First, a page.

|Ed and the car he can't drive|
Two weeks clear
Although today is the tenth day of official lockdown here in France, it is actually two weeks since Adrian arrived back from working in the UK and Ed came home from uni, supposedly for a long weekend to have a last few driving lessons and then take his test. The lessons went ahead as planned, but in the 48 hours between his last lesson and the test, everything was shut down and cancelled. Poor Ed. We can’t even use this time of nothingness productively to go out and practice, as that isn’t classed as an essential need to leave home. It also brings back memories for me from a similar age. Aged 17, my driving lessons were going well, I had my driving test booked and then I suffered a seizure, the first in seven epilepsy-free years and a huge blow to my confidence and independence. It would be another two years before I had the opportunity to restart lessons and take my test. Fingers crossed Ed will be driving sooner than I was.
Two weeks in and miraculously we are still talking to each other and surviving our family lockdown. Given we haven’t spent this long living under the same roof for months, and then only during the summer holidays when everyone comes and goes as they please, it’s pretty good going. So far so good in terms of us all feeling fine and no one showing any symptoms, so let’s hope we were all virus free two weeks ago and have stayed that way. We are still in a fairly low risk area, but with a lack of testing here, as everywhere, and the advice to self-isolate if you do have any symptoms, I’m not sure figures can be believed anymore. Our local paper reported today that the hospital in Niort is preparing for a spike in hospitalised cases next week.
|Curry, rice and homemade naan bread|
A change to my cooking habits
I have to admit to being a lazy cook when there is just me to cook for. I will usually start the week making a huge batch of wholesome soup packed with as many vegetables as possible and lots of bone broth stock. Some batches will have lentils, some barley, some chickpeas, some beans and I have no problem with eating the same meal for as many days as it lasts. These last two weeks have shown that I’ve forgotten how to feed a family. It would seem not everyone is happy living off the porridge and soup diet, and now it’s not just me and my funny ways to cater for, it’s been quite a challenge to plan and cook something different every day. Thankfully the freezer threw up a few suggestions when we cleared it out at the weekend, but having used my last courgette yesterday and the last red pepper today, I’m running out of ideas and resources. I fear a shopping trip might have to happen in the next few days, but one of the things that feels the strangest is having Adrian home, and not being able to pop to the shops together as we always have.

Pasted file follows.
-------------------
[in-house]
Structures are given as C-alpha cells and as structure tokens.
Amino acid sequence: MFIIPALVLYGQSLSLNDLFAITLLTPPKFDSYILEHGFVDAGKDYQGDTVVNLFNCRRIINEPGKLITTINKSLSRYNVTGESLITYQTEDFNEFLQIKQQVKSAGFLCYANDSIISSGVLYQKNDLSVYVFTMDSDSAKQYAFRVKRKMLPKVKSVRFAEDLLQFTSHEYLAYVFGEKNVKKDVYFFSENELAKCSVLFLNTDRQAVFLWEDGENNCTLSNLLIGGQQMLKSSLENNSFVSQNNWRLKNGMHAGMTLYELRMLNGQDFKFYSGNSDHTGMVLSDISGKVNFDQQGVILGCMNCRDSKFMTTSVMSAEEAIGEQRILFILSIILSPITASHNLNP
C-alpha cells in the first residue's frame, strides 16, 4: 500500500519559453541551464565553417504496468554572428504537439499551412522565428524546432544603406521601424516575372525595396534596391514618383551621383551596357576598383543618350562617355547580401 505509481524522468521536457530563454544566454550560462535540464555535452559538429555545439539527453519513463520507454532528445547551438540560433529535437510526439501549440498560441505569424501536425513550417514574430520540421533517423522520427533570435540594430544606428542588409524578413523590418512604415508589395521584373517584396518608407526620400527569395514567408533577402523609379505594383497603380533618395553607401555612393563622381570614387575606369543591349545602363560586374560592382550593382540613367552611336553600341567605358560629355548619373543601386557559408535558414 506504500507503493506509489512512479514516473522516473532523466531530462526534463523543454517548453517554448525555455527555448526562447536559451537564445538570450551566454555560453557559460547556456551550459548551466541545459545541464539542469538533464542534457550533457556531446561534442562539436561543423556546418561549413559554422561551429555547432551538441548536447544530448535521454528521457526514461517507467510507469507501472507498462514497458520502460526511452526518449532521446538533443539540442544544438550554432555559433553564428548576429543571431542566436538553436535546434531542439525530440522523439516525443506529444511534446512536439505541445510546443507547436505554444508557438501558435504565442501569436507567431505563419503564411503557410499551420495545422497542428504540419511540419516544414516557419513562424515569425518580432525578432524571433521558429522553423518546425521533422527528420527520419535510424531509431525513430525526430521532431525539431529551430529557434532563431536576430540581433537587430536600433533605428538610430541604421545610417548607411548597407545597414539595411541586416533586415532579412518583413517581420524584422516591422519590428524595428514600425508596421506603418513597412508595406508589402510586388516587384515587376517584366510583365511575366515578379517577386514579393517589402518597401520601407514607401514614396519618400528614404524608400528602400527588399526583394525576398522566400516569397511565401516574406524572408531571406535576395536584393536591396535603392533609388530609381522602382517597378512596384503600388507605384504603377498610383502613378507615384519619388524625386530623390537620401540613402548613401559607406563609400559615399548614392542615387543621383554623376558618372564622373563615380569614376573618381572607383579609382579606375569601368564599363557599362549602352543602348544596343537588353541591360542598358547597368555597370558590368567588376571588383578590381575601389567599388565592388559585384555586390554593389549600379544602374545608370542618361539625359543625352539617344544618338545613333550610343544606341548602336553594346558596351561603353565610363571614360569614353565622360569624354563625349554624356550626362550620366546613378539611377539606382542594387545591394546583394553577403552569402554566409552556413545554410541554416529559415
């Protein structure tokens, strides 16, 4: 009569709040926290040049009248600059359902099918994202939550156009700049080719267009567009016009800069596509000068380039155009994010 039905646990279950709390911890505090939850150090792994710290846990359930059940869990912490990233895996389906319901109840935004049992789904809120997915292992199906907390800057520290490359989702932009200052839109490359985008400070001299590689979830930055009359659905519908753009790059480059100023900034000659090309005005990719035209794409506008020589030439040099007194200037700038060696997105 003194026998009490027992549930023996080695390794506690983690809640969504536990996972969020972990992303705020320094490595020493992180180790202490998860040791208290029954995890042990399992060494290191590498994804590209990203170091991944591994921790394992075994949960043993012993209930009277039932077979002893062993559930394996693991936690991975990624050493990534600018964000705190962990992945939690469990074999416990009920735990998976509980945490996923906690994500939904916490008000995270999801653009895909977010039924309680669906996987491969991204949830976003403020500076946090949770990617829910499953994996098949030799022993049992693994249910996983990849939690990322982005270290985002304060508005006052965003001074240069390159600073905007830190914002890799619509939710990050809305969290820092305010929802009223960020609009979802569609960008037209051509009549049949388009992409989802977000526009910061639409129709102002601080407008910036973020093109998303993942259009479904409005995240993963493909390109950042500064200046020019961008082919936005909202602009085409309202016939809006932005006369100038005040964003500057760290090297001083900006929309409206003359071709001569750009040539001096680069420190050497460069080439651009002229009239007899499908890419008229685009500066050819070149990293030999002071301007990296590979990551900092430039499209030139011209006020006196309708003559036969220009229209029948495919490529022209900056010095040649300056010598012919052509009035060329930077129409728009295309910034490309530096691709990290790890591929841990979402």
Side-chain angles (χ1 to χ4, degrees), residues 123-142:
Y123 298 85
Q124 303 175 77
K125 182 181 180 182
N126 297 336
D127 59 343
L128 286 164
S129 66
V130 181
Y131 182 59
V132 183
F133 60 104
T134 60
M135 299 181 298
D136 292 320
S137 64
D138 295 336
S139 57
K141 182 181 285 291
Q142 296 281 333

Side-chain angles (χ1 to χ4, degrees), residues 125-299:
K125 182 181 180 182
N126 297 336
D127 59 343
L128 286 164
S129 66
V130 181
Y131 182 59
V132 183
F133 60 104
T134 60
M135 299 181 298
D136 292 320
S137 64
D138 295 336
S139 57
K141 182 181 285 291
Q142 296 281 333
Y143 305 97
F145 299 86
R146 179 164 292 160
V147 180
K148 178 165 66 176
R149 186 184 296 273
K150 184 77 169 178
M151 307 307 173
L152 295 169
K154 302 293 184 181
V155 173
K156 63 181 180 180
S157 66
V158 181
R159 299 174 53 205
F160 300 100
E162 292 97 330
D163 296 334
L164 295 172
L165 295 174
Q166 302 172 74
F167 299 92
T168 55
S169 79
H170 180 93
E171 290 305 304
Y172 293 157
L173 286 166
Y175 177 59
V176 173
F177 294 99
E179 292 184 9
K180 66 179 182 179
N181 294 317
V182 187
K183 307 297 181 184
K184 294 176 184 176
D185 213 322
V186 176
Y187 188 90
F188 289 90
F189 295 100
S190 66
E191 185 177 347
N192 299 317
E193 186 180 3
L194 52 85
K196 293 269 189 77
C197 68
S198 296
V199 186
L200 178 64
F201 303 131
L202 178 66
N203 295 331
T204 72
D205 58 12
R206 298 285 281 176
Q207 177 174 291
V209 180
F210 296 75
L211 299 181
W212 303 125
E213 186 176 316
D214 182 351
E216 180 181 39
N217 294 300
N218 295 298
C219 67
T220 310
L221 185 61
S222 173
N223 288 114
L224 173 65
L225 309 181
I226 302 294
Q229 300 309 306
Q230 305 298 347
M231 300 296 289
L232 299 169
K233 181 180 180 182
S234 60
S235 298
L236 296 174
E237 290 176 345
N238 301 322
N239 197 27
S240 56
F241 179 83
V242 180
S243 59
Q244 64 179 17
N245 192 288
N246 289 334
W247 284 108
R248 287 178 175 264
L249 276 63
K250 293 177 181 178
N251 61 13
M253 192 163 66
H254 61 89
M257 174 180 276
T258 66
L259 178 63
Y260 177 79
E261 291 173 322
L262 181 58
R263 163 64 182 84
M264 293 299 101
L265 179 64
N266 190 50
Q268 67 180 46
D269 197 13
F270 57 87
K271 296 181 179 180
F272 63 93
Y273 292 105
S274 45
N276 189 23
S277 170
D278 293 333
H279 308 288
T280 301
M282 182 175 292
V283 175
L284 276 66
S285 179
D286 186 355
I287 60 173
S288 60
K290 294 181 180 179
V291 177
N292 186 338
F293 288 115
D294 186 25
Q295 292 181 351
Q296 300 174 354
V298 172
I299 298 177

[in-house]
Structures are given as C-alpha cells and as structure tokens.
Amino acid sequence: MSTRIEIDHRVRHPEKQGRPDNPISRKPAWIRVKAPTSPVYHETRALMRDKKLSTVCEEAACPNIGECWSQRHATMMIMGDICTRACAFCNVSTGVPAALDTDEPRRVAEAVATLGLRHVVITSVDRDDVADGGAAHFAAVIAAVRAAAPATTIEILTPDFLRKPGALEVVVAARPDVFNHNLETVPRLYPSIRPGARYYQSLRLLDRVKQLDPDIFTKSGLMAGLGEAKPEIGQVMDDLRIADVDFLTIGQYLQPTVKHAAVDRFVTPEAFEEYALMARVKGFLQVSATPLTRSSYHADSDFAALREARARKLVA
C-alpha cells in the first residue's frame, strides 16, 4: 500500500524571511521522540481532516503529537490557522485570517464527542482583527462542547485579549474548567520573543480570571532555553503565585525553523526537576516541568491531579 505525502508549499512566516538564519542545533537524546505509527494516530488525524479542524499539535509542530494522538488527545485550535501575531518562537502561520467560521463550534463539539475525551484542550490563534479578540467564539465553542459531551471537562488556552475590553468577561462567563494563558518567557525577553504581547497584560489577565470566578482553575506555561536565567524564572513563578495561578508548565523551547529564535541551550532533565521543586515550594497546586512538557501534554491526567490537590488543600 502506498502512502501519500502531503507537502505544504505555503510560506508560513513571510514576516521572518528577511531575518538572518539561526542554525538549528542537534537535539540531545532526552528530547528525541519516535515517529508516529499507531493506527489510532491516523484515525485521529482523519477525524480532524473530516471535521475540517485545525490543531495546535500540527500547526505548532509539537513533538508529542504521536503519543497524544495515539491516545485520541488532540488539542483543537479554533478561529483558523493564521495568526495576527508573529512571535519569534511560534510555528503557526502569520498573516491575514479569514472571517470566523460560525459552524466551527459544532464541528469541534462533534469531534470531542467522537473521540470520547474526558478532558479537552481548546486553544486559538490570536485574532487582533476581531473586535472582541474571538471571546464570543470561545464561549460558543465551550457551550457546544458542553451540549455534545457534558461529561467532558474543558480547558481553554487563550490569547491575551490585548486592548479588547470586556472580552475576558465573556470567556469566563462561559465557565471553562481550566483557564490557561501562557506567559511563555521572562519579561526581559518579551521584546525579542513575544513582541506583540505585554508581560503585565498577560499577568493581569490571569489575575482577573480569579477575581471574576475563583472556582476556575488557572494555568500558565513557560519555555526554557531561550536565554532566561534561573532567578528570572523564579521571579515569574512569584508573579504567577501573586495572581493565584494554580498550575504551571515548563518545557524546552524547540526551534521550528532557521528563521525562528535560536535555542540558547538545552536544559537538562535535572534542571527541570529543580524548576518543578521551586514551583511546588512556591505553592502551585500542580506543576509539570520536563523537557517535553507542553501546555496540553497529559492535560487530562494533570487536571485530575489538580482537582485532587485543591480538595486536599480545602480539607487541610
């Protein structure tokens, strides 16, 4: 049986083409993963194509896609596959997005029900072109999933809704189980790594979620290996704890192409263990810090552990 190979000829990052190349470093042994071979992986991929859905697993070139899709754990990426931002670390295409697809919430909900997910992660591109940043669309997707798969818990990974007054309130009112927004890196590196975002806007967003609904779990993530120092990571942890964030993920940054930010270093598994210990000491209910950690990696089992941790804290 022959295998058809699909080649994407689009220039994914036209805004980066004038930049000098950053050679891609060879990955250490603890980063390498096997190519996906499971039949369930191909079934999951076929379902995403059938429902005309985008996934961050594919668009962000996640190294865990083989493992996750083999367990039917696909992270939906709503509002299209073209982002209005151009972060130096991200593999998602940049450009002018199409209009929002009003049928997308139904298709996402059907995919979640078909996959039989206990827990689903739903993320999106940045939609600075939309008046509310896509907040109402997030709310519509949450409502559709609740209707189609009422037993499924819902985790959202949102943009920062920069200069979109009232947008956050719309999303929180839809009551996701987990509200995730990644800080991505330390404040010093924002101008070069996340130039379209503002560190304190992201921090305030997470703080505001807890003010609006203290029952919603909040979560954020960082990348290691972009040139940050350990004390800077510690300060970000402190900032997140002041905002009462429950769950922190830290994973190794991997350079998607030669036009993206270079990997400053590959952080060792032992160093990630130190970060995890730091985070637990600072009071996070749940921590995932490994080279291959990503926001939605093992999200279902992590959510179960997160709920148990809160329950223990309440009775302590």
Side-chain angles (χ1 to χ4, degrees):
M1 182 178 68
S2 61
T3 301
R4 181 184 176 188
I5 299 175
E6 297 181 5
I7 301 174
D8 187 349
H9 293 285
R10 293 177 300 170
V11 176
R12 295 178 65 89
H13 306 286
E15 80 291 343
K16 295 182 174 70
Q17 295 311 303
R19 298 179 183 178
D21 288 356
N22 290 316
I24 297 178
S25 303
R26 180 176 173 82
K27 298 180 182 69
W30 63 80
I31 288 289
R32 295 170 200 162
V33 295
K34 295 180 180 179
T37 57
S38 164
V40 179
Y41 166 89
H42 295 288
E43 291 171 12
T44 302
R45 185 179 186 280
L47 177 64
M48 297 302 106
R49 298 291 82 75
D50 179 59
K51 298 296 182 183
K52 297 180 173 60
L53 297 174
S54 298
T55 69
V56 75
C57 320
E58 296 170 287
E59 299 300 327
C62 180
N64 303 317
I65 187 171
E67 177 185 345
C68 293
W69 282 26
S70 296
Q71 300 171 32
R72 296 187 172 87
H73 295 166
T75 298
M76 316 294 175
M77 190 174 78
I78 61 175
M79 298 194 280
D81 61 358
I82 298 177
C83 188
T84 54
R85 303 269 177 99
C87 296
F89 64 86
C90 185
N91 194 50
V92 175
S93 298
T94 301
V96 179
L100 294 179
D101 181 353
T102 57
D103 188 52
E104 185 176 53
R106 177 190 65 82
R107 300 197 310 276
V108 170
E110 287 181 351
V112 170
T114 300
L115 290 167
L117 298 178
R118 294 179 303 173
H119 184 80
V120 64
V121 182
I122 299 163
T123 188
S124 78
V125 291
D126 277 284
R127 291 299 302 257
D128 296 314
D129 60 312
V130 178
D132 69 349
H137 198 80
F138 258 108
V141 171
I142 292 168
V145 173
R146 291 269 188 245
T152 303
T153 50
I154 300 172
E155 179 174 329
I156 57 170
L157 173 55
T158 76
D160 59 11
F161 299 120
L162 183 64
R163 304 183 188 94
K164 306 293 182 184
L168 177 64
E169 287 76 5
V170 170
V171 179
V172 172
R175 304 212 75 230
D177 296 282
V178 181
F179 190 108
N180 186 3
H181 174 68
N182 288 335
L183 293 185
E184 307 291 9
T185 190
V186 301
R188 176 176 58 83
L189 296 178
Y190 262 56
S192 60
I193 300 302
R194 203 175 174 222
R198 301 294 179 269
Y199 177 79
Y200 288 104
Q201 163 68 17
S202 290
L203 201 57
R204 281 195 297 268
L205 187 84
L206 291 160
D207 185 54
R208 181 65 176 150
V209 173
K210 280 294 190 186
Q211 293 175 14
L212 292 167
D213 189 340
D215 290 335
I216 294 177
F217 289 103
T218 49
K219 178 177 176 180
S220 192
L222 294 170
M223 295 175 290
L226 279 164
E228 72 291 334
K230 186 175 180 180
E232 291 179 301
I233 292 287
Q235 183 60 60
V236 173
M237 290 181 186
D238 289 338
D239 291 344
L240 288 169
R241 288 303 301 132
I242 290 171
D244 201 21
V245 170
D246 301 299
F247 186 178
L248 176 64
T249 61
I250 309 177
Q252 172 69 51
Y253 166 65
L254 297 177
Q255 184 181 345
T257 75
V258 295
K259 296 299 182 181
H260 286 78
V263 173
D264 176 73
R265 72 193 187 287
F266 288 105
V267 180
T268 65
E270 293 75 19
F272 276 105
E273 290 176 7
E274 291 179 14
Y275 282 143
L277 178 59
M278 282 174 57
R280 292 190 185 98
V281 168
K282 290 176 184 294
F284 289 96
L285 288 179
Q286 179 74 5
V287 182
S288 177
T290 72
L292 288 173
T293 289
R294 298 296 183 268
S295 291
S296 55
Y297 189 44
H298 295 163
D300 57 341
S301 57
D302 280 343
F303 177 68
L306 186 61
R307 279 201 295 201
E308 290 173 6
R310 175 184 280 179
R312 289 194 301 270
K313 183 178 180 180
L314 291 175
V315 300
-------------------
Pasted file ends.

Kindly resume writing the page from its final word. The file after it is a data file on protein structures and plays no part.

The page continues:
|Victoria sandwich cake|
I’ve just made my third Victoria sandwich cake (see here for recipe) in two weeks and I can’t remember the last time I was organised enough to always have a homemade cake ready to eat in the kitchen. This is not a habit I will be continuing when it’s just me to feed as I’m not the biggest fan of carbs, unless I’m fuelling for a bike ride. Most days I am sat at the laptop all day or stuck with my head in a book, so I’m careful with my carb intake. It is all about balancing energy consumed with energy expended.
Today is also Purple Day, a day to get the world talking about Epilepsy and how it affects lives. Here is a handy guide from Epilepsy Action about what to do if you are confronted with someone having a seizure:
Protect the person from injury - (remove harmful objects from nearby)
Cushion their head
Look for an epilepsy identity card or identity jewellery
Aid breathing by gently placing them in the recovery position once the seizure has finished
Stay with the person until recovery is complete
Be calmly reassuring
Restrain the person’s movements
Put anything in the person’s mouth
Try to move them unless they are in danger
Give them anything to eat or drink until they are fully recovered
Attempt to bring them round
Call for an ambulance if...
You know it is the person’s first seizure, or
The seizure continues for more than five minutes, or
One tonic-clonic seizure follows another without the person regaining consciousness between seizures, or
The person is injured during the seizure, or
You believe the person needs urgent medical attention
Please feel free to share this post with your friends. The more people who are aware of what to do and what not to do when someone is having a seizure, the better.
Today’s reading selection comes from Laurette Long whose French Summer novel series will whisk you away to Biarritz and the Pays Basque.
Stay indoors and stay safe.